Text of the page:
Live and Gather: A Look at Spur 16

BY JEANETTE HURT
RENDERING COURTESY OF SHAFFER DEVELOPMENT LLC

Sept. 2018



If you live in the northern ‘burbs of Ozaukee County, you won’t have to travel far to get your downtown Milwaukee fix.

Whether it’s Anodyne coffee, Purple Door ice cream or St. Paul Fish Company’s seafood, soon you’ll find it at Spur 16, located at 6300 W. Mequon Road in Mequon. Phase two of the Mequon Town Center (which currently houses Colectivo Coffee and Café Hollander), this $27 million development incorporates 10 luxury townhouses and 146 apartments with commercial businesses. Its unusual name comes from a railroad spur once located on the site.

“Spur 16 will be a unique destination where people live and gather to experience community, specialty shopping, quality food, wellness and farm-fresh produce from local businesses,” says Cindy Shaffer, the Mequon developer who is spearheading the project. “Mequon Spur 16 brings people together to laugh, taste, learn and connect.”

St. Paul Fish Company will anchor the eastern end of the 14-acre development. The western end will feature a yoga studio and a pilates studio. Like the downtown original, the Fish Company will have an oyster bar, fresh fish for purchase and a sit-down restaurant.

The townhomes — which will be move-in-ready by January 2019 — are already leased, with a waiting list filling up.

The Mequon Public Market of Spur 16 will house 10 retail stores and restaurants. In addition to St. Paul Fish Company, Purple Door and Anodyne, Beans & Barley, Bavette La Boucharie and Café Corazón will also make their Mequon debuts. The remaining businesses will be announced later on this year.

The Mequon location marks the first time longtime Milwaukee favorite Beans & Barley has expanded out of the East Side. Bavette chef-owner Karen Bell will offer an expanded takeout selection at her Spur 16 location, while a newly installed smoker allows her to feature tasty offerings such as bacon, brisket and a variety of sausages.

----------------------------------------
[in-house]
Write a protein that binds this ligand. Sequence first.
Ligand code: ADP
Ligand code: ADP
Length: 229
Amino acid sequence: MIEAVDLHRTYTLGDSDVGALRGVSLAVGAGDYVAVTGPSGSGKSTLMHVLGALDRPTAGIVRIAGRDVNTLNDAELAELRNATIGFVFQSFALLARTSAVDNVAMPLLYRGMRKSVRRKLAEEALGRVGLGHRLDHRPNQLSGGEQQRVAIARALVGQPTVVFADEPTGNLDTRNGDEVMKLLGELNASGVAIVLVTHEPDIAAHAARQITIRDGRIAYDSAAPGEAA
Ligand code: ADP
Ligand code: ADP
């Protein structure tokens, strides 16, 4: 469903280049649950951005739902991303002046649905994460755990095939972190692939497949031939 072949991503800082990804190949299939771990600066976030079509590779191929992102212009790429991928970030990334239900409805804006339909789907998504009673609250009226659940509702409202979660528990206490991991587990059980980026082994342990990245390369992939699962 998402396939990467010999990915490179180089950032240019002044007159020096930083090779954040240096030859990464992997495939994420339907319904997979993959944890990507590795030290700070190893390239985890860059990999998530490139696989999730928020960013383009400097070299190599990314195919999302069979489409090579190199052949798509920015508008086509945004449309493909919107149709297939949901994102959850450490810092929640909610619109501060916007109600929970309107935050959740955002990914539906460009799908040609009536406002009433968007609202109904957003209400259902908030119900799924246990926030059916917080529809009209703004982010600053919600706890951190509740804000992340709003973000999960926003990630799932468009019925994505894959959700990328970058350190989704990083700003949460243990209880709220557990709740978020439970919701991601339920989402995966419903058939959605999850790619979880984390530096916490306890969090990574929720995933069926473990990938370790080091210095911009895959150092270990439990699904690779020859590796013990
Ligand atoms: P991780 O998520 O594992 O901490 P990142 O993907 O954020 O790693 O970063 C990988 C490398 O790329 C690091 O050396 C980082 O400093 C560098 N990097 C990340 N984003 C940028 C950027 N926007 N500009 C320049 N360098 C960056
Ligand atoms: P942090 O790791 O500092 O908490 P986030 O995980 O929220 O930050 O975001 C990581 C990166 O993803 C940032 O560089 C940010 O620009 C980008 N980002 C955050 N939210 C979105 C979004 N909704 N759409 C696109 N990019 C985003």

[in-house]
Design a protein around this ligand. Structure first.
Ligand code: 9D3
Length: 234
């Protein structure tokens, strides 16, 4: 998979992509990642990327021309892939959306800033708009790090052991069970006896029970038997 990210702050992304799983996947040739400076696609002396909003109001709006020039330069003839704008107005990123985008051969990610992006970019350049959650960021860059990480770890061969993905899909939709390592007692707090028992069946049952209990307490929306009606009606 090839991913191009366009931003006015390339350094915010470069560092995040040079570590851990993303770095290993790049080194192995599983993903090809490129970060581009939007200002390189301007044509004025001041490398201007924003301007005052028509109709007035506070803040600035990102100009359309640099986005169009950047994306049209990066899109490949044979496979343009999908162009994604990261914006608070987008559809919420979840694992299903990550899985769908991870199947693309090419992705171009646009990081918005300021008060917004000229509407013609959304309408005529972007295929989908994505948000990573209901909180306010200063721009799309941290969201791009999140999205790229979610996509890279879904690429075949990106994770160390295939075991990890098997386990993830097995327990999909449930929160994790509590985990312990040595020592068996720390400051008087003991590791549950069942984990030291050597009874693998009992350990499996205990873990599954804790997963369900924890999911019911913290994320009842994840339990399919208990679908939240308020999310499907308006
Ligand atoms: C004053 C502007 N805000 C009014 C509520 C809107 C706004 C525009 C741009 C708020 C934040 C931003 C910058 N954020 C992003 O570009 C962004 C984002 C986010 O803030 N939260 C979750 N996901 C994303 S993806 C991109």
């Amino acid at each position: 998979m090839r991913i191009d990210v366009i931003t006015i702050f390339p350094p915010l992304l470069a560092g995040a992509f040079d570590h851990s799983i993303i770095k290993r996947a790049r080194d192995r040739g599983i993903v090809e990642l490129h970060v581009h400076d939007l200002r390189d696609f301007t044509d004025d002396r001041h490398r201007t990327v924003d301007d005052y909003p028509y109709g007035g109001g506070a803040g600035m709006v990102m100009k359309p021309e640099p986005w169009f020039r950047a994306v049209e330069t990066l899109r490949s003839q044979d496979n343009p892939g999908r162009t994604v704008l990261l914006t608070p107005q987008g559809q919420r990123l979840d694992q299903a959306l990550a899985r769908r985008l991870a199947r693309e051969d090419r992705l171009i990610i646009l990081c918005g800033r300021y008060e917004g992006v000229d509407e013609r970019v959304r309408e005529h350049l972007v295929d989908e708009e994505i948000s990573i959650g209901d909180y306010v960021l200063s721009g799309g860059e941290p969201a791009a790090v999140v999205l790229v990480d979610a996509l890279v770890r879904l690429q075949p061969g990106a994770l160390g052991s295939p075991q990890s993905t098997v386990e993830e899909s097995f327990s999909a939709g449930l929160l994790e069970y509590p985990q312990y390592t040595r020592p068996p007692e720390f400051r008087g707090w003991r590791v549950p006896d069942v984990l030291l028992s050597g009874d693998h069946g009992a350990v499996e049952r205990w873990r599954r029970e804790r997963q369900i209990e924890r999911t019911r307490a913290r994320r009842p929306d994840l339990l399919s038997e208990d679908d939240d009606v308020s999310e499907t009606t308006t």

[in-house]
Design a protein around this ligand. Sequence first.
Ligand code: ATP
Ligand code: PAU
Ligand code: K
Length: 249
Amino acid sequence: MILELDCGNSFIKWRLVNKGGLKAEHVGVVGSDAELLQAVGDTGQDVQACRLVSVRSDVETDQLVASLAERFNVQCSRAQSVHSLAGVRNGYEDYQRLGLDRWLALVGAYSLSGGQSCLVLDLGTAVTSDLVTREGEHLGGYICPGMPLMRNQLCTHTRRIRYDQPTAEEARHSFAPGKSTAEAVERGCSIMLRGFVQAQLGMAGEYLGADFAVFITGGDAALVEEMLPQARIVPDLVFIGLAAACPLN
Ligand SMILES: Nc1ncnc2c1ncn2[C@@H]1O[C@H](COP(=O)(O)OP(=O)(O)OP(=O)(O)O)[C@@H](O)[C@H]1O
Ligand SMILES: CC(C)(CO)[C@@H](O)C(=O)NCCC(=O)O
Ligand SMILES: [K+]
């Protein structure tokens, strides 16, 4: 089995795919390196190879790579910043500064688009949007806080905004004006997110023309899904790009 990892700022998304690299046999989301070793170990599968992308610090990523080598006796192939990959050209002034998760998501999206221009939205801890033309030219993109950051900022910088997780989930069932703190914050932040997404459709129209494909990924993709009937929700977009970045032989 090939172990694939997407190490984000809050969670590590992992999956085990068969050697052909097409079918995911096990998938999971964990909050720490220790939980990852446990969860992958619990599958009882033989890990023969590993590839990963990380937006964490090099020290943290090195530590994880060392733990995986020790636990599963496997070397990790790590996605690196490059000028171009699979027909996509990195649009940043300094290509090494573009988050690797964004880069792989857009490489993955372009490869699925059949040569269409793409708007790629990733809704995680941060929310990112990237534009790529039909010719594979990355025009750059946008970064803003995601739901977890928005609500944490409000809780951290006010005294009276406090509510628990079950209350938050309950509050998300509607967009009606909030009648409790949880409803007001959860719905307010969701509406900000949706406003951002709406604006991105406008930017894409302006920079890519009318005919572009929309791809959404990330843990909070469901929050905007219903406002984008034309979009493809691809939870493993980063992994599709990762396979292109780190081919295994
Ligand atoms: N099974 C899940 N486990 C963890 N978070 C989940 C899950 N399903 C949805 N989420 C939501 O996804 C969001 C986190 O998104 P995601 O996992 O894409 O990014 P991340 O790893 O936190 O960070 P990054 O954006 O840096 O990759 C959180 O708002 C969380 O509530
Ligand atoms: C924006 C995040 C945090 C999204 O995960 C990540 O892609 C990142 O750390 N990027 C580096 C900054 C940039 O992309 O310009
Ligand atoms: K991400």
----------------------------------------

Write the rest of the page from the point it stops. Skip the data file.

“We are committed to featuring established, well-respected, local chefs and restaurant owners,” says Shaffer. “We honor history, promote growth and provide an outlet for community arts. This is a place to celebrate culture, and support local and regional farmers, food artisans and entrepreneurs.” 

If Spur 16 is as successful as it is expected to be, similar concepts could be developed in other suburbs. “We are building what I like to call ‘intentional communities,’ where there is a high level of social cohesion,” Shaffer notes. “What we are seeing in retail is that people want experiences, and this can be applied to residential developments.”

Shaffer says her focus groups have revealed that people want to be close to nature, but still have resources and activities close to home. They also want private entrances, even if they are renting, and resources to help them age in place, if need be.

“We provide all of this at Spur 16 and have taken it to the next level with our concierge services,” Shaffer says.

Those services include meal delivery, dog walking, cleaning, laundry, tech support and home health care, as well as “smart units,” which can call for emergency services, monitor temperature, provide security and play music.

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This story ran in the Sept. 2018 issue of: